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The USS Little Rock (CL-92) was built as a Cleveland-class light cruiser at the end of World War II and later converted into a guided missile cruiser. The Little Rock was in service for more than thirty years until it was donated to the City of Buffalo, New York, where it is now part of the Naval Museum at the Buffalo and Erie County Naval and Military Park.
The Little Rock was built by Cramp Shipbuilding of Philadelphia, Pennsylvania. Its keel was laid on March 6, 1943; it was launched on August 27, 1944, and was commissioned as CL-92 on June 17, 1945. The first commanding officer was Captain William E. Miller. Too late to be deployed in the war effort, the ship was ordered on an extended South American tour as a goodwill ambassador. For the next four years, it visited twenty-three countries.
On June 24, 1949, the Little Rock was decommissioned and placed in the Atlantic Reserve Fleet in New York. In January 1957, pursuant to a presidential executive order, the Little Rock and several other ships in the Fleet Reserve were ordered to undergo a massive overhaul under the then-new program called Fleet Rehabilitation and Mobilization (FRAM). It was towed to the New York Shipbuilding facilities at Camden, New Jersey, and underwent a massive conversion to a modern guided missile cruiser, becoming the first U.S. Navy vessel to carry the brand-new ram jet engine Talos missile. Talos was a spectacular air-to-air and air-to-surface weapon, capable of delivering a nuclear warhead some 700 miles distant.
This conversion also encompassed a special feature: the Little Rock was configured to become a flagship for an operational commander, including dedicated spaces for an admiral and substantial staff, including a flag bridge. This conversion was completed in 1960, and the Little Rock was re-commissioned as CLG-4. The new commission took place on June 3, 1960, at the U.S. Naval Base in Philadelphia.
The reconfigured ship was 610 feet in length with a beam of sixty-six feet and the highest mast being 165 feet above the keel (or the equivalent of a thirteen-story building). The Little Rock featured 659 compartments and weighed 15,000 tons. The ship, with four screws operating on 100,000 pounds of horsepower with a single rudder, could exceed speeds of thirty knots (or about thirty-eight miles an hour). Its main armament was the Talos nuclear missile; secondary armament included three six-inch gun turrets and a five-inch twin mount gun turret. It had a complement of 1,185 officers and enlisted men.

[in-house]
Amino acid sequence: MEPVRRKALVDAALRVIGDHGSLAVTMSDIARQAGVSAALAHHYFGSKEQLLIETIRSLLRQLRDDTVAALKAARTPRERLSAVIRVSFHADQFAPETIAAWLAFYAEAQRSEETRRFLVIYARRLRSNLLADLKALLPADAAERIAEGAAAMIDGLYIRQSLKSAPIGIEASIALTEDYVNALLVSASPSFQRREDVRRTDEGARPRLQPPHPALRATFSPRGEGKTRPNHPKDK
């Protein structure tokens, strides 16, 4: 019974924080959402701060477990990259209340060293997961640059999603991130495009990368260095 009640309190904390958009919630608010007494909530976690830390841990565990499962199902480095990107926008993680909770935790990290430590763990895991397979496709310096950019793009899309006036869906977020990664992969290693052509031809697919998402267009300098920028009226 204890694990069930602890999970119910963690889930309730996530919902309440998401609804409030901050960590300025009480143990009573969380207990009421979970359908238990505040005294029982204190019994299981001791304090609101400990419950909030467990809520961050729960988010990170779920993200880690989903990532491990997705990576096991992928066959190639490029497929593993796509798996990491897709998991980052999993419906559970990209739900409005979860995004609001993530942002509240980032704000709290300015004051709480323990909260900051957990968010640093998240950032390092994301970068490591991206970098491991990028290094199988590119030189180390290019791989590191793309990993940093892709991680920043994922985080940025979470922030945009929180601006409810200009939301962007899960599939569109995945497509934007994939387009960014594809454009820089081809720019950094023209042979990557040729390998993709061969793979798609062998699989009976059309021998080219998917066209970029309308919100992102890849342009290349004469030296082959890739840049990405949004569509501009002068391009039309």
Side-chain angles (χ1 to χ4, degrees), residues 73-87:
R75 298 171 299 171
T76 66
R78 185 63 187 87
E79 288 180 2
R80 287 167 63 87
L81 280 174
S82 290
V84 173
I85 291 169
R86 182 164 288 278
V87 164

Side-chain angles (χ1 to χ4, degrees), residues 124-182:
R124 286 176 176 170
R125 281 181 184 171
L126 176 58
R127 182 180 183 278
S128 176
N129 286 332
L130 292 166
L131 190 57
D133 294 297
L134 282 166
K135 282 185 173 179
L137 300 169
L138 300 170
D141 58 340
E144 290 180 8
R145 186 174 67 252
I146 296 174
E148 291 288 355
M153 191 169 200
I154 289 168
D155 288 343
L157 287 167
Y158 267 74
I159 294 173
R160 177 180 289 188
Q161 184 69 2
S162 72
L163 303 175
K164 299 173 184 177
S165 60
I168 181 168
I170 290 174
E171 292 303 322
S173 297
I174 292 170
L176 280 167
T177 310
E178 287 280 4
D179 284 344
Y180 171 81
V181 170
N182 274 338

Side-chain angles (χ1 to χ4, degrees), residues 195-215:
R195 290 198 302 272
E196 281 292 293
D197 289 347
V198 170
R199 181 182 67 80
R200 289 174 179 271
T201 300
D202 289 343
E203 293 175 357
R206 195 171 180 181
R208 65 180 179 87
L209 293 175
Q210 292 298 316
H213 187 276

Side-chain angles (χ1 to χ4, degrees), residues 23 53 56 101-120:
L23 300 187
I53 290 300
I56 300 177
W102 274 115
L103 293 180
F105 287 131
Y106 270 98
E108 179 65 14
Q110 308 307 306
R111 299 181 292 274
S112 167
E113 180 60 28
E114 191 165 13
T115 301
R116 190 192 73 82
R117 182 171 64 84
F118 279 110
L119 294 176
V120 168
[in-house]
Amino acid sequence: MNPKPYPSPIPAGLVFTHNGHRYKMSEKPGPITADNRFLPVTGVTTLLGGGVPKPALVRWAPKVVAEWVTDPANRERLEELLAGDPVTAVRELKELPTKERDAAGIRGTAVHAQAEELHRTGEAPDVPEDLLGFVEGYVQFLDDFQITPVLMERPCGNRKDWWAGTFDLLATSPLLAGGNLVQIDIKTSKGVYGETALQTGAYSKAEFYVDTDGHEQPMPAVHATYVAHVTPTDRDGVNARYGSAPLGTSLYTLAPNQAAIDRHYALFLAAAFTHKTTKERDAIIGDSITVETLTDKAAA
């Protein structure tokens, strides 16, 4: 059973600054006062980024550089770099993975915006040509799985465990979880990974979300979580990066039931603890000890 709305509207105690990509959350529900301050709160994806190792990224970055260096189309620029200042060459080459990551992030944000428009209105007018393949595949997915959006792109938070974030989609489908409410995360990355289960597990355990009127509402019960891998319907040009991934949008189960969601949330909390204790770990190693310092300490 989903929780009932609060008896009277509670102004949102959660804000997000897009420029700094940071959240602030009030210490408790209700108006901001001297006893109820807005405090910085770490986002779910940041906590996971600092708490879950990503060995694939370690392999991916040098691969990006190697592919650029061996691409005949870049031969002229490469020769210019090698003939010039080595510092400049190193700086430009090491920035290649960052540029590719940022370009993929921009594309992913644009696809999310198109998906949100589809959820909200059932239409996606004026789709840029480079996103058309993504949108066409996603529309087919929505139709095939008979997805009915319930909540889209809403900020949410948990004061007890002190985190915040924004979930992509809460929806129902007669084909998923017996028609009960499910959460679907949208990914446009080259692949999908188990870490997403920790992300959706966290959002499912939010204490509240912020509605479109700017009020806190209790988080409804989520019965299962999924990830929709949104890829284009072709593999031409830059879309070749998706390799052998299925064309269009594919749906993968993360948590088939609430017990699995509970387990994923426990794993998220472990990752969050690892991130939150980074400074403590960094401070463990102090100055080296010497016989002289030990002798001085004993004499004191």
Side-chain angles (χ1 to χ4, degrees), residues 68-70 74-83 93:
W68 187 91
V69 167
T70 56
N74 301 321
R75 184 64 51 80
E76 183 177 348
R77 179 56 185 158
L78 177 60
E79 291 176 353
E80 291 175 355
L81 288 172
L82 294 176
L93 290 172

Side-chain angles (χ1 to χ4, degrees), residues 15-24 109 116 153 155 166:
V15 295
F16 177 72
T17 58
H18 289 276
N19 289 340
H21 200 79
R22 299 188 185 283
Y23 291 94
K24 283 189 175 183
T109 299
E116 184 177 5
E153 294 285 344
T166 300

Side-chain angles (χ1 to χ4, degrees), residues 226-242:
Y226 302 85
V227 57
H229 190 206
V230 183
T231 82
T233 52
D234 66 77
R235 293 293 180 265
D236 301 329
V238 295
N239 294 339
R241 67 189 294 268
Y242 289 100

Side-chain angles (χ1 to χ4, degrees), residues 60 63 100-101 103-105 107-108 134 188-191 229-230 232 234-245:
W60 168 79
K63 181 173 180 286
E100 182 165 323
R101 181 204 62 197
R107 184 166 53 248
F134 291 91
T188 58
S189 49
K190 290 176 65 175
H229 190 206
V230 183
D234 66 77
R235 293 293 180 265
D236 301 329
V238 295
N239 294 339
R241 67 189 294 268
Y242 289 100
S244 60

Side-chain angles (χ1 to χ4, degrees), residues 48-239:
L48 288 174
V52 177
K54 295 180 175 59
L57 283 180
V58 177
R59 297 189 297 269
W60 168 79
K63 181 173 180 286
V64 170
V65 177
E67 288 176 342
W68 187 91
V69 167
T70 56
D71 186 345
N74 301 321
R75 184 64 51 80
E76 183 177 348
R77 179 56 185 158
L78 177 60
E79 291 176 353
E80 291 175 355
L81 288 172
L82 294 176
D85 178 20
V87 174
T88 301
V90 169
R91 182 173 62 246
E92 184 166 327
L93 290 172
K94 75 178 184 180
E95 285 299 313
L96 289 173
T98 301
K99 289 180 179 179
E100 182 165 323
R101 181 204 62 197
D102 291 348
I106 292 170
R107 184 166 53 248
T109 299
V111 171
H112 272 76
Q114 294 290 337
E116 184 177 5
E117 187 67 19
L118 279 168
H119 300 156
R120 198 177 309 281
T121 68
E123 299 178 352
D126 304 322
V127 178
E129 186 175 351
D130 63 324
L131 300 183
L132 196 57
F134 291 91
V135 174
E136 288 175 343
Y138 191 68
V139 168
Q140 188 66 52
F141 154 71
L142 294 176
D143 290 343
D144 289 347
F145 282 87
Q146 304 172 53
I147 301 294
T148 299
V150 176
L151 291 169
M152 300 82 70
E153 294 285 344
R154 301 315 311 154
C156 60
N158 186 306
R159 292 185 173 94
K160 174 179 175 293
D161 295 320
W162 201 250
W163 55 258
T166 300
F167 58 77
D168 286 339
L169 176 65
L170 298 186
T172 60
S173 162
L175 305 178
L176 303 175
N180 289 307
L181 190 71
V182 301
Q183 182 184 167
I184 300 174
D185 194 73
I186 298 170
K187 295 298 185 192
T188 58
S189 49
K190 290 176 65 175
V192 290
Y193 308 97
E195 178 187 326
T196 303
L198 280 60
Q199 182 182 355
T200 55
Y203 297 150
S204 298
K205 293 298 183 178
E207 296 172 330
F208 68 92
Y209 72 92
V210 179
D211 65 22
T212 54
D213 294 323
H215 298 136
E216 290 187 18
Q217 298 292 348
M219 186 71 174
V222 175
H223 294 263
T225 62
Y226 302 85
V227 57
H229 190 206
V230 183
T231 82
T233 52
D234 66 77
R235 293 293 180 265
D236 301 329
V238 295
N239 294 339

After the required shakedown cruise to the Caribbean Sea, where the ship engaged in firing exercises of its conventional weaponry and launched several Talos missiles (without warheads), it returned to Philadelphia prior to deployment to the Sixth Fleet in the Mediterranean Sea. On February 9, 1961, the Little Rock left for Europe carrying Rear Admiral James W. Davis, commander of Cruiser Division Four. From then until the fall of 1976, the Little Rock rotated from various deployments back to the United States for necessary repairs. Its multiple deployments included voyages to the North Atlantic, Caribbean, and Mediterranean. At various points, it was the command ship for the commanders of the Second and Sixth Fleets. On November 18, 1961, the Little Rock was ordered to waters off Santo Domingo, Dominican Republic, to provide stability to the area after dictator Rafael Trujillo was assassinated. On June 9, 1967, it was the first ship to come to the assistance of the USS Liberty (AGTR-5), which was attacked the previous day by the navy and air force of Israel. The crew of the Little Rock and other Sixth Fleet ships evacuated 279 people from Lebanon on June 20, 1976, and transported them to Athens, Greece. On July 4, 1976, it was anchored at Cannes, France, to celebrate the bicentennial of the United States. The ship’s navy and marine corps marching units, in the company of French units, participated in a ninety-minute march in downtown Nice, and French singer Mireille Mathieu performed on board the Little Rock.
In the fall of 1976, the Little Rock was donated to the City of Buffalo, New York, where it is on display as part of the Naval Museum at the Buffalo and Erie County Naval and Military Park. Annually, tens of thousands of visitors walk its decks and visit most compartments, including the bridge and missile house.
For additional information:“USS Little Rock.” Dictionary of American Naval Fighting Ships. http://www.history.navy.mil/danfs/l7/little_rock.htm (accessed April 14, 2010).
USS Little Rock Association. http://www.usslittlerock.org/ (accessed April 14, 2010).
Gerard A. DupuisUSS Little Rock Association
Last Updated 6/21/2010
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